Children's Heart Institute
Coarctation of the Aorta
Coarctation, a common defect in children, is a narrowing of the aorta -- the main vessel that supplies the body with blood. The aorta, shaped like a candy cane, leaves the heart heading up towards the head, then makes a 180 degree curve in the upper chest and starts to head down the chest and into the abdomen. During this curve, the aorta gives off three big branches to supply the head, neck, and arms with blood. Coarctation of the aorta is a narrowing at the point in the upper chest where the aorta is just starting to head down towards the lower body, just after the third branch to the head and arms.
Mild to moderate coarctations may have no symptoms at all. Doctors may discover it by hearing a murmur in the area. Since the narrowed portion occurs just after the branches to the arms, it is common to find high blood pressure in the arms and lower blood pressure in the legs.
Having to squeeze blood through this narrowed area is an extra stress on the heart, so it is usually recommended that children with mild to moderate coarctations have surgery to widen the blood vessel. In severe cases, which usually occur in the newborn period, there isn't enough blood that can get through the narrowed portion to keep the lower part of the body healthy. These babies may need urgent surgery to fix their coarctation.
Surgery for coarctation of the aorta involves widening the narrowed portion and is usually done through an incision in the left side of the chest, although there are occasions when it may be done through a vertical incision in the front of the chest ("open heart" incision).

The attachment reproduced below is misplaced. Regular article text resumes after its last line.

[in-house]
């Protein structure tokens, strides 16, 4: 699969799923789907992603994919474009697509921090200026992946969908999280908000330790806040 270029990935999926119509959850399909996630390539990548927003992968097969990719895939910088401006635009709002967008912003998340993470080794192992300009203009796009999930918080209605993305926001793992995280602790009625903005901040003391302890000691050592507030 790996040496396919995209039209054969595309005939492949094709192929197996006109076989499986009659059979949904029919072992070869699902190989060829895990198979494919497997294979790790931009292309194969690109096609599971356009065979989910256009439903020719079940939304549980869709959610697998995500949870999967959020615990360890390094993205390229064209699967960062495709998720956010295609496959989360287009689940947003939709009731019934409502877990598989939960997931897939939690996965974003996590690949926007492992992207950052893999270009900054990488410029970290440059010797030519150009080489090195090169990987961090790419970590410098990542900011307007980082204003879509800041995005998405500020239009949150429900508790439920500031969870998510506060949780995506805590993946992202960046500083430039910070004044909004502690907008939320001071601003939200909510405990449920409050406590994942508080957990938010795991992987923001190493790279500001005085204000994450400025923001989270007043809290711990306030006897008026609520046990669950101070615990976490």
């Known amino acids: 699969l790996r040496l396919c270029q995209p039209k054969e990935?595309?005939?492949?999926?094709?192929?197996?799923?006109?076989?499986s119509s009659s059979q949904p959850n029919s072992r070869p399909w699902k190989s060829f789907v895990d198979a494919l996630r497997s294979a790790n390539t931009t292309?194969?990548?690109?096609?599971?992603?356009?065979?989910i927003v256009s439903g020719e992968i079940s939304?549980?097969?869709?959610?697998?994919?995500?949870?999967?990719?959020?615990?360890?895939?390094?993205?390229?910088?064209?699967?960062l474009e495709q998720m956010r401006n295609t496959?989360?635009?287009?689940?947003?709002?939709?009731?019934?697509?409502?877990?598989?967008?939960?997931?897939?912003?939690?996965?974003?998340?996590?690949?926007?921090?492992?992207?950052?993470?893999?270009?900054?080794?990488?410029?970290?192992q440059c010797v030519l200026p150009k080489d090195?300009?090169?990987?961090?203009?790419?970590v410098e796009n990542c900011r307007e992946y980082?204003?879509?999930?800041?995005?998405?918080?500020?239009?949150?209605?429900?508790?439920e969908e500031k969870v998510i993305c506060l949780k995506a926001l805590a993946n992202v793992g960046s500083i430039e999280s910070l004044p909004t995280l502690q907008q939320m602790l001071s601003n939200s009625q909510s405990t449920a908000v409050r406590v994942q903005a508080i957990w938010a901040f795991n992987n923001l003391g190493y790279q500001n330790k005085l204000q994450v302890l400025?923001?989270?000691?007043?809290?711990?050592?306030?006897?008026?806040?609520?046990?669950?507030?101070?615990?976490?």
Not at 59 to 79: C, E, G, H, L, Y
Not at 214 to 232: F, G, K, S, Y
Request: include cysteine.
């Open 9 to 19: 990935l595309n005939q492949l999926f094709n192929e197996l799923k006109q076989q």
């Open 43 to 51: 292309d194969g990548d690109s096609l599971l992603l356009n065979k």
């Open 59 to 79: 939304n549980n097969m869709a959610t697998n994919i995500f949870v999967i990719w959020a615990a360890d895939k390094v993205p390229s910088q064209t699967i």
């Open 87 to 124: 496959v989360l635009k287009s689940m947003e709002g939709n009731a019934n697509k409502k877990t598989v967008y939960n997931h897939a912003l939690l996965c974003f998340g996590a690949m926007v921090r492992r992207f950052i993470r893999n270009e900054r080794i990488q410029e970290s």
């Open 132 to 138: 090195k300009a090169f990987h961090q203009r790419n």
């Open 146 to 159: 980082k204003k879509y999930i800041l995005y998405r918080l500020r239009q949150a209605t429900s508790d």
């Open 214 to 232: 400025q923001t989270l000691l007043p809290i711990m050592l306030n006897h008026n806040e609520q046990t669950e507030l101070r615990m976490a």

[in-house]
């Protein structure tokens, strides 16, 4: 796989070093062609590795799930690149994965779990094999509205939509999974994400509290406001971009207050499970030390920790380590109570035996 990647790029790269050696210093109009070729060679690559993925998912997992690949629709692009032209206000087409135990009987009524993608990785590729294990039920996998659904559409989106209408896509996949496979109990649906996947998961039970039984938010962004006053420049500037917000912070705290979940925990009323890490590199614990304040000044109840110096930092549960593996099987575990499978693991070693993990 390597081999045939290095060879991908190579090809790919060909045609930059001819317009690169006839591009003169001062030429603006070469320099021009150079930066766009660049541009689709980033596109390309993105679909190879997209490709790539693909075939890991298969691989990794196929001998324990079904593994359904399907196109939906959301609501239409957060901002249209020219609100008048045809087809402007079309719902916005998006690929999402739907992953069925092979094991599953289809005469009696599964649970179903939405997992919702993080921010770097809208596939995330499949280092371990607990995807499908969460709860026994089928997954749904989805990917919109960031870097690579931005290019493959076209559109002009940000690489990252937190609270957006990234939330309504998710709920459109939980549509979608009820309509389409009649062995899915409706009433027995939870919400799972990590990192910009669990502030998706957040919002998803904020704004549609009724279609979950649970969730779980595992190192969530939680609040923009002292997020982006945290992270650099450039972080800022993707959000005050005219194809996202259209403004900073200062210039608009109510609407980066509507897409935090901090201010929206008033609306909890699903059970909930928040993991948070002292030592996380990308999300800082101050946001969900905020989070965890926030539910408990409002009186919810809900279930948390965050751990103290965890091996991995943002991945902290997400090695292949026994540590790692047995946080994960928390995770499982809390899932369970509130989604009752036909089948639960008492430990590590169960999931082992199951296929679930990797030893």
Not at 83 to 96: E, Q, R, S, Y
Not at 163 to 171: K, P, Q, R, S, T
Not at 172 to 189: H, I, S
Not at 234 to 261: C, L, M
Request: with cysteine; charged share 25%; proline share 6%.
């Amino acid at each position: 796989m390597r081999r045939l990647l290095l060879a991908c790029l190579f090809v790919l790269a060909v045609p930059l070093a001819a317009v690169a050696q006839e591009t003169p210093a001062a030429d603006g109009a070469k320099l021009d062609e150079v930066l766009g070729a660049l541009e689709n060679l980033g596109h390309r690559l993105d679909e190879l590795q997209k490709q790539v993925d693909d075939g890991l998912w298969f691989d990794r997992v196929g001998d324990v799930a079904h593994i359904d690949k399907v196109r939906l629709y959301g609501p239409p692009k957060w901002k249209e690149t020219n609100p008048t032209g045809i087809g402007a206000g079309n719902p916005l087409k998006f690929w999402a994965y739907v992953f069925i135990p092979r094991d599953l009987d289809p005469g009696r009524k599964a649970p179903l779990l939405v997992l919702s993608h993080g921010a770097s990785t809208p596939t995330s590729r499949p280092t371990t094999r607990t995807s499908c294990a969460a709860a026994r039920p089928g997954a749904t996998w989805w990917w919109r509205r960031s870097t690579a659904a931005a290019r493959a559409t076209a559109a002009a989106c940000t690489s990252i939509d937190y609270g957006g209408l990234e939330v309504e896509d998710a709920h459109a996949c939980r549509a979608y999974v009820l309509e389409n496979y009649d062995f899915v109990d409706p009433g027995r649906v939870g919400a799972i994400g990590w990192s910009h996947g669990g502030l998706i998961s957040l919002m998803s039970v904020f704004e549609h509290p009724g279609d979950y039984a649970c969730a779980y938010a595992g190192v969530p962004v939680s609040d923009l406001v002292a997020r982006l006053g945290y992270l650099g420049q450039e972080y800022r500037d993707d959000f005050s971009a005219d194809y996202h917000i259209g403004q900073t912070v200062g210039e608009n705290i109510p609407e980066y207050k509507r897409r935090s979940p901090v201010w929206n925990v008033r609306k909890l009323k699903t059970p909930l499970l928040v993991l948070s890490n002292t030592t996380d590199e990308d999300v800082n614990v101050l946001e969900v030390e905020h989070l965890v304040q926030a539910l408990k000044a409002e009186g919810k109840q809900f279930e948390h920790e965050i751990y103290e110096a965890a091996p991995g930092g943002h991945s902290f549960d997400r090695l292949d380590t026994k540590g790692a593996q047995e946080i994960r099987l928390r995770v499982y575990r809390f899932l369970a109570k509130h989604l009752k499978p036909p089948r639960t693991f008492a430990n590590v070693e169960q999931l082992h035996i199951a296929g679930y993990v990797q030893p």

The surgical repair can be done in one of two ways:
Neither method has proved to be superior to the other. The particular technique is chosen by the surgeon based on the characteristics of that individual coarctation as well as his/her personal experience or preference.
The results of surgery are typically good - the complication rate is low, and the narrowing can usually be widened satisfactorily. Whichever technique is used, approximately 5% of patients will redevelop narrowing in that area over the first few months to years. It is also possible that the high blood pressure which many of these children have before surgery may not go away after surgery. The reasons for this are unclear.
Some patients with coarctation (or a coarctation that came back after surgery) can have the coarctation repaired by stretching it with a balloon. This procedure is done in the cardiac catheterization room and does not involve open surgery. Your cardiologist and surgeon will be able to help guide you as to whether this is a possibility.
Coarctation of the aorta may occur as an isolated defect but commonly occurs along with other heart defects. The most common defect associated with coarctation is a hole between the two main pumping chambers of the heart (ventricular septal defect). The presence of another defect may greatly impact the treatment of the coarctation.
Pediatric Cardiology ClinicUniversity of Texas Health Science Center Professional Building
6410 Fannin, Suite 500
Houston, TX 77030
Phone: (832) 325-6516
Pediatric Cardiovascular Surgery ClinicUniversity of Texas Health Science Center Professional Building6410 Fannin, Suite 950Houston, TX 77030
Phone: (713) 500-7339
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